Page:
Alcohol Impairs Predation Risk Response and Communication in Zebrafish

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Oliveira, Thiago Acosta
Koakoski, Gessi
Kreutz, Luiz Carlos
Ferreira, Daiane
da Rosa, João Gabriel Santos
de Abreu, Murilo Sander
Giacomini, Ana Cristina Vendrametto
Oliveira, Ricardo Pimentel
Fagundes, Michele
Piato, Angelo Luis

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The effects of ethanol exposure on Danio rerio have been studied from the perspectives of developmental biology and behavior. However, little is known about the effects of ethanol on the prey-predator relationship and chemical communication of predation risk. Here, we showed that visual contact with a predator triggers stress axis activation in zebrafish. We also observed a typical stress response in zebrafish receiving water from these conspecifics, indicating that these fish chemically communicate predation risk. Our work is the first to demonstrate how alcohol effects this prey-predator interaction. We showed for the first time that alcohol exposure completely blocks stress axis activation in both fish seeing the predator and in fish that come in indirect contact with a predator by receiving water from these conspecifics. Together with other research results and with the translational relevance of this fish species, our data points to zebrafish as a promising animal model to study human alcoholism. © 2013 Oliveira et al.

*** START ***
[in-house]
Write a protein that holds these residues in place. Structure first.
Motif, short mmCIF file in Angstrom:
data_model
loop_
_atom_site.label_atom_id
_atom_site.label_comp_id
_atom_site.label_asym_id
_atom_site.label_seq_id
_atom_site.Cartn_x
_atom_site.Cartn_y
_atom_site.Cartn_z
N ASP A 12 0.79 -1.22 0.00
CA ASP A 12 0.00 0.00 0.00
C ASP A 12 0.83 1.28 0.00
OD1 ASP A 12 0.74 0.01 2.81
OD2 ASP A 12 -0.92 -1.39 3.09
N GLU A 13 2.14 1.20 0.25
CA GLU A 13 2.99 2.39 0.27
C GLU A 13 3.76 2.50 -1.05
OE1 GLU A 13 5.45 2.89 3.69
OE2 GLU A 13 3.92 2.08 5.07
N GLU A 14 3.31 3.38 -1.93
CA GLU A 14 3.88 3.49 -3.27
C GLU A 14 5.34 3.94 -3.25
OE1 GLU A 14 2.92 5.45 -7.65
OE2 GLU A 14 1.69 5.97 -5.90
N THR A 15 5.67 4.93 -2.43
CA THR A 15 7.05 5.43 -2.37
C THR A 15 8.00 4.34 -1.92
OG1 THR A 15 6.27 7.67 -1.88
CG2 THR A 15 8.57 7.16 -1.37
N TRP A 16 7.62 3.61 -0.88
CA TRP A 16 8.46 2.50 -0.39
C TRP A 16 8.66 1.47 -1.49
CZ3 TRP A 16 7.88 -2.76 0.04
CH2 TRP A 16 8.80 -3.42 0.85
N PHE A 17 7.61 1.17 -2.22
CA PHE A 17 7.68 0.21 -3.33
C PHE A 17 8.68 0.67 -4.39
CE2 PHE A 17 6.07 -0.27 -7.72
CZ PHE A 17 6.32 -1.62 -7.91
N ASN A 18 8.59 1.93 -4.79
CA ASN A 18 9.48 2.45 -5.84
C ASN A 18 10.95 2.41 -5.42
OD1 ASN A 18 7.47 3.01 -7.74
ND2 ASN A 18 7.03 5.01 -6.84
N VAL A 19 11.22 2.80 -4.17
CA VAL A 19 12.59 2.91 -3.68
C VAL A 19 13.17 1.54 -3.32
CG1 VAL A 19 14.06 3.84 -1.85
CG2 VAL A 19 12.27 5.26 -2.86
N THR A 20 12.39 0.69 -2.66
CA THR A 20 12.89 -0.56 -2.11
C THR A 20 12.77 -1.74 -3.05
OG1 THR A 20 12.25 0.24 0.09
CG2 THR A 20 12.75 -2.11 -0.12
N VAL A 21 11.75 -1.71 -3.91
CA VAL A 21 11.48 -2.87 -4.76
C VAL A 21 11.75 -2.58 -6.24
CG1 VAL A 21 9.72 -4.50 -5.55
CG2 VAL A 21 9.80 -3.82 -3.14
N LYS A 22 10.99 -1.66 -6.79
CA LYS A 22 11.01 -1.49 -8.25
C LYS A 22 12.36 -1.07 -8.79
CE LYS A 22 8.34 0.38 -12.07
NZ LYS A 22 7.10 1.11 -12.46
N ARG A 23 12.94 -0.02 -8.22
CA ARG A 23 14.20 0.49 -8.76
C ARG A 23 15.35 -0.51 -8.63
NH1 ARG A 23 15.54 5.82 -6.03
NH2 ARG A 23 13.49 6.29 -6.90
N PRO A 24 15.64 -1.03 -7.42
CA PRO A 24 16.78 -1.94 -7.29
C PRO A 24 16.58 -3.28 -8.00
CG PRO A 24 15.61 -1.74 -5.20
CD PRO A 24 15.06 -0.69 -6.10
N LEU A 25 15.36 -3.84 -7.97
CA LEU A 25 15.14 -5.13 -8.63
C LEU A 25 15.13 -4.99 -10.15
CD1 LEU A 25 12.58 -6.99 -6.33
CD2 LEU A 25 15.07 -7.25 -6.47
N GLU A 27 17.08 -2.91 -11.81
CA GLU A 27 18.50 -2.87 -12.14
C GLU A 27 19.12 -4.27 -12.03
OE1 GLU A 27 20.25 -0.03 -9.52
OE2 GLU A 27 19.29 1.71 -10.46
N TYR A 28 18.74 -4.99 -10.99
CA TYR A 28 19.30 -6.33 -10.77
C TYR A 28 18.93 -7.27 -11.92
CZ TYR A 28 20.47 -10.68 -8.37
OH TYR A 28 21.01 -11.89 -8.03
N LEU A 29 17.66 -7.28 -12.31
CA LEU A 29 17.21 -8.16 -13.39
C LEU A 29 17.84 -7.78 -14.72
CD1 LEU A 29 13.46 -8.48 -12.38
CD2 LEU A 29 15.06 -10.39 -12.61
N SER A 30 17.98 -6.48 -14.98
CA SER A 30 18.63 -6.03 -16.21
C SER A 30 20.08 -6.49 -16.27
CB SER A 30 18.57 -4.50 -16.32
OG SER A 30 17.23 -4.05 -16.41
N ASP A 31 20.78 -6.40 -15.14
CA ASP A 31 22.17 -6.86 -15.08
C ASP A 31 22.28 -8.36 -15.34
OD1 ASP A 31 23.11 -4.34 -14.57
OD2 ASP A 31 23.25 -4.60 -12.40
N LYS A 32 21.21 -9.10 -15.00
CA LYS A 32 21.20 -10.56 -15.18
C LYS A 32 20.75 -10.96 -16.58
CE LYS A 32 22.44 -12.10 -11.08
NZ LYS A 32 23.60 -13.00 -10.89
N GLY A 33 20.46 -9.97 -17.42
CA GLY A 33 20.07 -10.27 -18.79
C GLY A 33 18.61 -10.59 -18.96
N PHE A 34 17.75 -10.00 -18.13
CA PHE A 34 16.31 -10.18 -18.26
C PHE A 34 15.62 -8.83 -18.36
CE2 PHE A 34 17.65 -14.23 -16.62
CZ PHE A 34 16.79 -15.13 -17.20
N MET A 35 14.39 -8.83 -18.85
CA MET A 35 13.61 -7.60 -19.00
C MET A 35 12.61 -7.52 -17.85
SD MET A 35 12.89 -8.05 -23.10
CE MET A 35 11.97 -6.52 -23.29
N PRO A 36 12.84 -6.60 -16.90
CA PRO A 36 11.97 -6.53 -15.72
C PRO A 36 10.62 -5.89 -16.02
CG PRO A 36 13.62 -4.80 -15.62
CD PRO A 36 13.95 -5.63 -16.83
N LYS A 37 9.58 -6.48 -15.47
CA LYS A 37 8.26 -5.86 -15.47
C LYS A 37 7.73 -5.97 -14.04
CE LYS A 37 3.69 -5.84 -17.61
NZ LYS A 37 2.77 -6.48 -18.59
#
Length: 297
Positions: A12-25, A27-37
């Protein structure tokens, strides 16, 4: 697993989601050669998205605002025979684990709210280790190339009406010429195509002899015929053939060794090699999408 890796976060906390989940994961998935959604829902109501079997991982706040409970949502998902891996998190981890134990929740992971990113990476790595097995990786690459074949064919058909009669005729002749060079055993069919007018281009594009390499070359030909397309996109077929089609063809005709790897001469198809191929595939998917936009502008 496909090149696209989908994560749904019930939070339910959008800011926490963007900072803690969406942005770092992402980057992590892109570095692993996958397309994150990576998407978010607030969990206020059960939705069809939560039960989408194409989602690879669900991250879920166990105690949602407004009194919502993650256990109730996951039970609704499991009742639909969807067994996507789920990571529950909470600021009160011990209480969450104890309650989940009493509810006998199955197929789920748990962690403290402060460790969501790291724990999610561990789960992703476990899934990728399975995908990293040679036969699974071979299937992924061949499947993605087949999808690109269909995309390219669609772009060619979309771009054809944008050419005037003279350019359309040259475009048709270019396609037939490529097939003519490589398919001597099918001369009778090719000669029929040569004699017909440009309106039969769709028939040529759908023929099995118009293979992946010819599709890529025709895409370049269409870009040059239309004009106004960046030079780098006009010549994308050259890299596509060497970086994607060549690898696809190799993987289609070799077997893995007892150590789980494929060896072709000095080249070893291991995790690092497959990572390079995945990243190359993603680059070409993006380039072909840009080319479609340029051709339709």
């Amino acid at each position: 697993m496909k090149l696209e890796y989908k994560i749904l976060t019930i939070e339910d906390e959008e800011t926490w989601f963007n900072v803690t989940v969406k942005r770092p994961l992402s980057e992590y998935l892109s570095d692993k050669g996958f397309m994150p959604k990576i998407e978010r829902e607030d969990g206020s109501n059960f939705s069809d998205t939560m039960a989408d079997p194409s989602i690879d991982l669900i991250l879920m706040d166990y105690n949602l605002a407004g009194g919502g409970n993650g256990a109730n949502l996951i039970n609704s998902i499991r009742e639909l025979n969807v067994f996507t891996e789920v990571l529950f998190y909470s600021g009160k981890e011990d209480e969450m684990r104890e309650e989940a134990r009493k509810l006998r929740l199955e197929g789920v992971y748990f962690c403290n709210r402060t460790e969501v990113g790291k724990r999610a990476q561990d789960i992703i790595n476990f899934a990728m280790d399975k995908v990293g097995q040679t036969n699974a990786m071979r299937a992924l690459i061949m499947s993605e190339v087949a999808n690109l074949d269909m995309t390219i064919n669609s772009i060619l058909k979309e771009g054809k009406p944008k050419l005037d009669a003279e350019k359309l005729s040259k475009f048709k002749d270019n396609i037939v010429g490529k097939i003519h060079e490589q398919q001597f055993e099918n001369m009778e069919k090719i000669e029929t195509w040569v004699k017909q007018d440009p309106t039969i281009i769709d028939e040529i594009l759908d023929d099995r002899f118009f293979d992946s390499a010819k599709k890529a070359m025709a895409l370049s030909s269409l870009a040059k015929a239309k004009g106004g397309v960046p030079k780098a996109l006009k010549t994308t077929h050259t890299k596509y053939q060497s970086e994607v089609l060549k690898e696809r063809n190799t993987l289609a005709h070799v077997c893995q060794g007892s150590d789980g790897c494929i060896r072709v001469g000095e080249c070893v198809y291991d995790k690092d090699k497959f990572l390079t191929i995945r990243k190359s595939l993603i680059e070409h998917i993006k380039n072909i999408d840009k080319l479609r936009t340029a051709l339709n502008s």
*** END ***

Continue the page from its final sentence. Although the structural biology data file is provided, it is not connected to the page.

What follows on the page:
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PLoS ONE, v. 8, n. 10, 2013.